Dealing with dementia behaviors can quickly wear out a caregiver or family member, causing caregiver burnout.

    If your loved ones dementia behaviors have progressed to the point where you cannot manage them alone, help is available. Senior care options like home care or memory care can help relieve some of the caregiving burden while also helping to keep your loved one safe.

    If you are feeling resentment, anxiety, or depression, seek help. A caregiver support group, counselor, friend, or family member can offer camaraderie and advice.

    Other families, other caregivers, are going through the same thing, Hashmi says. They have a lot of common challenges and common solutions to share. And often those are the most effective, because theyre going through exactly the same process.

    Dont Be Afraid To Ask For Alzheimer’s Support

    “Knowing how to detect, defuse, and prevent anger is one of the most important skills for Alzheimers care providers, says Larry Meigs, CEO of Visiting Angels. Its one of the skills we value most in our Alzheimers caregivers.

    If you find that you need support in handling a loved ones dementia or Alzheimers care, help from an Alzheimers care provider can be invaluable. To discuss your options for professional, in-home Alzheimers care, call your local Visiting Angels office today.

    If you are concerned about sudden changes in your loved ones behavior or have questions about caring for your loved one, please also contact your loved ones healthcare provider for information and support.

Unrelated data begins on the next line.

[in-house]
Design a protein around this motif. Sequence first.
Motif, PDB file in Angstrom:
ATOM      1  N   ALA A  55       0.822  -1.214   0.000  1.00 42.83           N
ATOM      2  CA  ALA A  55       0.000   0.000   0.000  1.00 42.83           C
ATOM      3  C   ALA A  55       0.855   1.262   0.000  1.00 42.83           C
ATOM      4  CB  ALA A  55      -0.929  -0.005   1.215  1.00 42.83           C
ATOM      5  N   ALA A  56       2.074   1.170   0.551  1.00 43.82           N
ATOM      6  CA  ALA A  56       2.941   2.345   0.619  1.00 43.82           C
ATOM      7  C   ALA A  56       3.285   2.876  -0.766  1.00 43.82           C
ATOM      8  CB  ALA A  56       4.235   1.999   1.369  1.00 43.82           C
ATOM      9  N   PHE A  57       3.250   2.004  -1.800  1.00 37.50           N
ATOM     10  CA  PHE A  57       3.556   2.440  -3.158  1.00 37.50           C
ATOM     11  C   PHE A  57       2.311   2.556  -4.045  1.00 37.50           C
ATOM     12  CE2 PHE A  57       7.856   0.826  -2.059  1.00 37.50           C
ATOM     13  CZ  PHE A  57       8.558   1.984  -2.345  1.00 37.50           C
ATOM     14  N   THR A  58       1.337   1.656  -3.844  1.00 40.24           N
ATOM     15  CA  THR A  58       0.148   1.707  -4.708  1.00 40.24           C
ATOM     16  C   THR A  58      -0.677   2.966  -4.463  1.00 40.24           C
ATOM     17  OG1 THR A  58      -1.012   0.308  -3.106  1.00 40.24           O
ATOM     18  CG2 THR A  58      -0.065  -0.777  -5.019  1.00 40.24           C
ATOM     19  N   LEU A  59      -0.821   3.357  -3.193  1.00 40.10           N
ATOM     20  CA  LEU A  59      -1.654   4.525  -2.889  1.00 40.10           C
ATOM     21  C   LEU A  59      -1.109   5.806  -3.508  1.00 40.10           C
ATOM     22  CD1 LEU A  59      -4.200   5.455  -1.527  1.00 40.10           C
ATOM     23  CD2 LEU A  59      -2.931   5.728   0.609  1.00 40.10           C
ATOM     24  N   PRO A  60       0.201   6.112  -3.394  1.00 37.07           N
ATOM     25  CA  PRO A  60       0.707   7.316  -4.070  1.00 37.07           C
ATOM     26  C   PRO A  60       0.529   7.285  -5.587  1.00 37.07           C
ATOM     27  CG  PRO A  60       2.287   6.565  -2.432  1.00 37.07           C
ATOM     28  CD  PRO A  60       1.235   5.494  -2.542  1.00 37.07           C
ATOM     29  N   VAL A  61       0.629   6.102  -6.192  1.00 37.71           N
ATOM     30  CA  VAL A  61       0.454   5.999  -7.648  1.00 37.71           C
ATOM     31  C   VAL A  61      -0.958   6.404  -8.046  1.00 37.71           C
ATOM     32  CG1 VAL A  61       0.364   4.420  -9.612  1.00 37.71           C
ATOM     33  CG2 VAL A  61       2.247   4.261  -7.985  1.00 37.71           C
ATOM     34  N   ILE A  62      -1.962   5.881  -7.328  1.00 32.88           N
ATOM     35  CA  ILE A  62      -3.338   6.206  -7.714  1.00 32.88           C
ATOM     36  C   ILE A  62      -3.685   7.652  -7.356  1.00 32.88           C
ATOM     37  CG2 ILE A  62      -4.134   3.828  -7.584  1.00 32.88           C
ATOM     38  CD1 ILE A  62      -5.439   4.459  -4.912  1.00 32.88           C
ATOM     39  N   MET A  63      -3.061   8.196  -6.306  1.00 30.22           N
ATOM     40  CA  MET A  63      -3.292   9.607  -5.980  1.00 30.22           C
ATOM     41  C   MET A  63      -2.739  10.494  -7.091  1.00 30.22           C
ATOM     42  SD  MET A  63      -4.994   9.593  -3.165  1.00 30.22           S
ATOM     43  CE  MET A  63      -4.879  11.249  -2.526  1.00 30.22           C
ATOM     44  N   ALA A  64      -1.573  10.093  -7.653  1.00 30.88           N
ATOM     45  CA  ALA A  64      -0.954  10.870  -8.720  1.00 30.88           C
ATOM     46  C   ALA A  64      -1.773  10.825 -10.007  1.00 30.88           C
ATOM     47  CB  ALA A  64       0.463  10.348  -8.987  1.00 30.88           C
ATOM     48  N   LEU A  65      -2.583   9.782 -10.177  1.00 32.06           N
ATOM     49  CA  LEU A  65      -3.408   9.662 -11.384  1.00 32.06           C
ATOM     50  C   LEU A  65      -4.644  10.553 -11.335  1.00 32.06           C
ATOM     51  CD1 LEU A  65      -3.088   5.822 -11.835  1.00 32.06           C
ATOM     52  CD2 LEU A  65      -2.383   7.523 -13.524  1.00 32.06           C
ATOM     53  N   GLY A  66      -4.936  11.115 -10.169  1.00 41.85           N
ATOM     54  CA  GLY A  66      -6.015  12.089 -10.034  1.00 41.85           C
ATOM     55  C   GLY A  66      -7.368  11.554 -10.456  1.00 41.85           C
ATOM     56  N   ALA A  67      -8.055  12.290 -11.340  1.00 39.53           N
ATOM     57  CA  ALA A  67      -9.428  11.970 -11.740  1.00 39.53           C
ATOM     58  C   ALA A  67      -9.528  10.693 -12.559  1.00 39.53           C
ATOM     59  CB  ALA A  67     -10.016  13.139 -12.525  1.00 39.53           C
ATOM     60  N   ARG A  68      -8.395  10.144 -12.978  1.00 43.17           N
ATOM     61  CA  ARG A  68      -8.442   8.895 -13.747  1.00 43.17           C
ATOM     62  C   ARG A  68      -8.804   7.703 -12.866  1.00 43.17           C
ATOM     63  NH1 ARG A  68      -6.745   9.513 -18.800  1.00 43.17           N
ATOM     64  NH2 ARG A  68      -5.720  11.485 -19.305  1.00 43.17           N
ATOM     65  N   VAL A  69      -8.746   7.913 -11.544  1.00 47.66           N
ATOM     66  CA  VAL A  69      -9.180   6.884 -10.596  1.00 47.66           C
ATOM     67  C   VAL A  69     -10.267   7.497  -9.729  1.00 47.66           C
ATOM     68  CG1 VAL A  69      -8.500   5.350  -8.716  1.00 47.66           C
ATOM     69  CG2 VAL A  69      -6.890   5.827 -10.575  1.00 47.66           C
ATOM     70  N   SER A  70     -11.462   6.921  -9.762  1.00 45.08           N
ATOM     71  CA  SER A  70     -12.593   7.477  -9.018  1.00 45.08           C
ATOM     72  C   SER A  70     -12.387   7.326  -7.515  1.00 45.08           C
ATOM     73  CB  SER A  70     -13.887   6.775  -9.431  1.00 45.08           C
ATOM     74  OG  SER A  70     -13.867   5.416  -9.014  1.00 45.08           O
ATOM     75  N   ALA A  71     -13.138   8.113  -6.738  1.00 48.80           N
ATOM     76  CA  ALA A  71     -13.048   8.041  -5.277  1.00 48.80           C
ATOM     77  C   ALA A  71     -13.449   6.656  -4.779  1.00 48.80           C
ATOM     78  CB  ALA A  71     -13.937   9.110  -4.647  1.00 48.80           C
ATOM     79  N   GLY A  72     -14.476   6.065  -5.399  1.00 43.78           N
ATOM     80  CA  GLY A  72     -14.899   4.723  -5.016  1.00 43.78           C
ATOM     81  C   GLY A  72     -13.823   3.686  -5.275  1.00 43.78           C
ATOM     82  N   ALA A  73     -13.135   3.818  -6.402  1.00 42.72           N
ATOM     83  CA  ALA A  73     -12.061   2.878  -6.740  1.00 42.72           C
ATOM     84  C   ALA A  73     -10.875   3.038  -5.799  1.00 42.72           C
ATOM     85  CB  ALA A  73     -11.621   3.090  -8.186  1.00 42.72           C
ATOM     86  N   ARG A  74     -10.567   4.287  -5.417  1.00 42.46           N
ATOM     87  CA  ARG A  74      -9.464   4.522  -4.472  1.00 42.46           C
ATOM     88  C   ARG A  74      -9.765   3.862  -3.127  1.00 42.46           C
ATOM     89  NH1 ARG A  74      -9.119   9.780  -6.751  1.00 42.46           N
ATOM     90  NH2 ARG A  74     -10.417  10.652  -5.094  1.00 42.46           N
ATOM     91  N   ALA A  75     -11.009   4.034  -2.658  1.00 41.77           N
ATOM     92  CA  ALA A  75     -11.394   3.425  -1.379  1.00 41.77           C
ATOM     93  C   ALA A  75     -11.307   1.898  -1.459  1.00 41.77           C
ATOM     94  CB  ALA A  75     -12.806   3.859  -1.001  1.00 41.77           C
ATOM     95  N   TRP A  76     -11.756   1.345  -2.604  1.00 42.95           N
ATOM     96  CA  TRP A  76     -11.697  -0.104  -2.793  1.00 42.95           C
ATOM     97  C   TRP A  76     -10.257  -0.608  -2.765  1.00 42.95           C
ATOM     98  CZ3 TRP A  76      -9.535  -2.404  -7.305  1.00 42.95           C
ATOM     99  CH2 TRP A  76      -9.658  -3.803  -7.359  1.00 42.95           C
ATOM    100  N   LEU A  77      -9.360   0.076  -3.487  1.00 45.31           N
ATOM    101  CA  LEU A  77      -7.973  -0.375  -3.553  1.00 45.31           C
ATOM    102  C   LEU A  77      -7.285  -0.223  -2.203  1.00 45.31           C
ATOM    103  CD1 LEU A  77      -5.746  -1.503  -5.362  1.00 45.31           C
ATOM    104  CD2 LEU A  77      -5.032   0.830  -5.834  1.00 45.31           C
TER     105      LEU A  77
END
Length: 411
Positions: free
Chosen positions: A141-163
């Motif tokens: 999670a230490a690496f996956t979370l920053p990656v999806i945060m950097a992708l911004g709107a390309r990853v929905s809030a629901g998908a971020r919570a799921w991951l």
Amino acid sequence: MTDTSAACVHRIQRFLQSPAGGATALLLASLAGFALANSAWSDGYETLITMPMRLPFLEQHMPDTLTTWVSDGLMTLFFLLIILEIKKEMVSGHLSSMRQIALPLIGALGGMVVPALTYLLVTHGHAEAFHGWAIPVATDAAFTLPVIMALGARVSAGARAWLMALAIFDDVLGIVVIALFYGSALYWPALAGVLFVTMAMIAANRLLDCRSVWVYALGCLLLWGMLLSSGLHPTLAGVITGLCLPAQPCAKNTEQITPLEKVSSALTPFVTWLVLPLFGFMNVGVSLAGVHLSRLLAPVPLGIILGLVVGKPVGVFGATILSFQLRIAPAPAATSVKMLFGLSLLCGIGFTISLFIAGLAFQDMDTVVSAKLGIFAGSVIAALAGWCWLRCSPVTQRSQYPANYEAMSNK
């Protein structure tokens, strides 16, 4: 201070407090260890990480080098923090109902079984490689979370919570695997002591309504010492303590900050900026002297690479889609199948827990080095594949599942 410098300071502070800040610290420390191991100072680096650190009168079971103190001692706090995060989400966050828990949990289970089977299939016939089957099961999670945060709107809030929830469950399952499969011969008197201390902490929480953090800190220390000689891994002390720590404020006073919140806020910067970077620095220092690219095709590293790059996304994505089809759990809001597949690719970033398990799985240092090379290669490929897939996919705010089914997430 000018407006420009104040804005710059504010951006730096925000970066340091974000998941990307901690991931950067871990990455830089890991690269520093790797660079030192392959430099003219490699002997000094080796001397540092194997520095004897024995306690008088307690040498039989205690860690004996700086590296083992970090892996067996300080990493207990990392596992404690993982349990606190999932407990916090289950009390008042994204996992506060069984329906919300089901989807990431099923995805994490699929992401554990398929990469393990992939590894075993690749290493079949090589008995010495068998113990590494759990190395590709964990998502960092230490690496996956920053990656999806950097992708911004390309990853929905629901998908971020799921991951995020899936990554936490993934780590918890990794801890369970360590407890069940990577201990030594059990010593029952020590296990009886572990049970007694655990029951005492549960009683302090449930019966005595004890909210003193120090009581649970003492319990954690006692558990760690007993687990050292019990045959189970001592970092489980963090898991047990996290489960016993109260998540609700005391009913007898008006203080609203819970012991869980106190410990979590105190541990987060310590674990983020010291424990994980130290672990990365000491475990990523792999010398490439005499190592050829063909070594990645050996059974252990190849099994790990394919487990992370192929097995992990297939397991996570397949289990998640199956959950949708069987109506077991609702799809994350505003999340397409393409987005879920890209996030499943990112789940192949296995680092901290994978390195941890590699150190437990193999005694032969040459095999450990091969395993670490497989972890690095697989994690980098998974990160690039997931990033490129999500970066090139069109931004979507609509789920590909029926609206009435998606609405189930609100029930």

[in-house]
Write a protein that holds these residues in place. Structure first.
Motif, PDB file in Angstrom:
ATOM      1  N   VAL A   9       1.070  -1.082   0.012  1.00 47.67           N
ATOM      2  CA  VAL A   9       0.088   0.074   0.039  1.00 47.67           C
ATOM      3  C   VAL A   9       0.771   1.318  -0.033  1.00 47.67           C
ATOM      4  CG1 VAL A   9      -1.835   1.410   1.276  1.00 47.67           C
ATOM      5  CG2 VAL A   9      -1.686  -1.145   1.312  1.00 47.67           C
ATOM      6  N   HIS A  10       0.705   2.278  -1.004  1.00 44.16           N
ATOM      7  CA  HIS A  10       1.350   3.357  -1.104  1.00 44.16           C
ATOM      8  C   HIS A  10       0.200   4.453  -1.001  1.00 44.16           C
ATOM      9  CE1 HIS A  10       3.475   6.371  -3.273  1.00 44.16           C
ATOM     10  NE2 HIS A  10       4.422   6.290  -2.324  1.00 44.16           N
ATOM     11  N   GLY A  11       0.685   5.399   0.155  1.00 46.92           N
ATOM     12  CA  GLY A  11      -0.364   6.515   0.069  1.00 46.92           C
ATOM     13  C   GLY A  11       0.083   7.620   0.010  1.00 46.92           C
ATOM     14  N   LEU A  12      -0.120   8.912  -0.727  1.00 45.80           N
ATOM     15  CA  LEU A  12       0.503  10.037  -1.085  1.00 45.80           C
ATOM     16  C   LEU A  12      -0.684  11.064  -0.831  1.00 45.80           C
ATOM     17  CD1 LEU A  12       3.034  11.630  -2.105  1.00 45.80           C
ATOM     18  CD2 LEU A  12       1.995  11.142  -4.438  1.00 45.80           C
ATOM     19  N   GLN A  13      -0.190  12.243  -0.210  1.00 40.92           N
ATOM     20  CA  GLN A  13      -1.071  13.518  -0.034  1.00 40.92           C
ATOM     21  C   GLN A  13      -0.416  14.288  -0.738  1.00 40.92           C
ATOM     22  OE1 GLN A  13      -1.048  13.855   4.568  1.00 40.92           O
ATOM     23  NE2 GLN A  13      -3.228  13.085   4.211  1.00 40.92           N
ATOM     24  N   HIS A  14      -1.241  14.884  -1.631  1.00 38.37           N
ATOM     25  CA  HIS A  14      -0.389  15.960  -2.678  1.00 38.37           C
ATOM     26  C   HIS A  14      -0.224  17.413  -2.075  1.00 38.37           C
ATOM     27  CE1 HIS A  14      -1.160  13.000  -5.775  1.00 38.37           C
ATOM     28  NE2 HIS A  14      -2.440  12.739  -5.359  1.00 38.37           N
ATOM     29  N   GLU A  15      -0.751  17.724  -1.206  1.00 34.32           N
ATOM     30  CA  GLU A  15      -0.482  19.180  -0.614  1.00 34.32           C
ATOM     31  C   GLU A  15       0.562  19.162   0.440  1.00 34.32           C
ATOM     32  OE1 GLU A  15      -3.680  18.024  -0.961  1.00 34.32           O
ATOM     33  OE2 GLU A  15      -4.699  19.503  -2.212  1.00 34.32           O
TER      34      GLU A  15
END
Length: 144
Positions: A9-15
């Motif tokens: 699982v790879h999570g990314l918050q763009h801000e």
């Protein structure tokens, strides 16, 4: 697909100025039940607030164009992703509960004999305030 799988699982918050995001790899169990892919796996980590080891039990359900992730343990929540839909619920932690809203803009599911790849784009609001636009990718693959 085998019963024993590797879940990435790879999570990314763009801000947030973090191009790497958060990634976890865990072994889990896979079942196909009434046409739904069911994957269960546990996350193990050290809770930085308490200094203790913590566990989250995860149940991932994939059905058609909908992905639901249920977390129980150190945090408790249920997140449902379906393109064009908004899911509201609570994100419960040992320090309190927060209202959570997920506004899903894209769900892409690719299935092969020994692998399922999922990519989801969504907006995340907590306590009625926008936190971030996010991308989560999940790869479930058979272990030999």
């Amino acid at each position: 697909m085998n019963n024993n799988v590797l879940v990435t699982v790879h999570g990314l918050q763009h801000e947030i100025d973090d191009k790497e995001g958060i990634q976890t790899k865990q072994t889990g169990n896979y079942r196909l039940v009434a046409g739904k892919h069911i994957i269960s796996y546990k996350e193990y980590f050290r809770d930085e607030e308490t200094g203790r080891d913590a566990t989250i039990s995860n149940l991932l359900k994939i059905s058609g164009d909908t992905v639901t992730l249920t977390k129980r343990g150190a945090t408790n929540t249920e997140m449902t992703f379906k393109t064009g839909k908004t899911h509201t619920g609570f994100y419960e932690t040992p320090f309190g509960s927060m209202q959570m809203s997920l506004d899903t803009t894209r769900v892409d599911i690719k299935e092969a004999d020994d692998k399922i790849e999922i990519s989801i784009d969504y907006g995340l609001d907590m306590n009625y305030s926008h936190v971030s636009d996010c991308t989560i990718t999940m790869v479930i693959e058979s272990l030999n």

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    Do Not Ignore Physical Abuse

    As much as one needs to be tolerant, kind, forgiving, and patient with older adults who have dementia, it does not mean that they have to excuse the patients when they become physically aggressive and allow the abuse to continue. It is not to be accepted, and if it happens, it is best to alert your doctor who will work on the solution to make sure it stops. It will keep both the patient and caregiver in safety.

    From physical manifestations to angry outbursts, taking care of an individual with dementia may not be easy. However, working with the tips above can help caregivers and loved ones to get through it. Remember that there are plenty of treatments, interventions and special care providers who can help therefore, you should never be shy about getting help when you need it.

    Poor Communication & Mental Triggers

    Reducing Anger In Those With Dementia

    Confusion or misunderstanding can also lead to anger and aggression. According to Visiting Angels, Confusion is one of the leading causes of anger and aggression in Alzheimers and dementia sufferers. Confusion can be triggered by lost trains of thought, mixed up memories, or a sudden change in the environment, such as a change from one caregiver to another.

    This is especially important to note for communication as well. As a caregiver, you are in direct communication and contact with the patient, therefore, it is crucial that you articulate your instructions in a simple, concise manner.

    Additionally, its important that you as the caregiver try to communicate with as little irritability and stress as possible. We understand that caregiving is a strenuous job, but for the benefit of you and your loved one, it is crucial to make sure you properly communicate with someone who has dementia.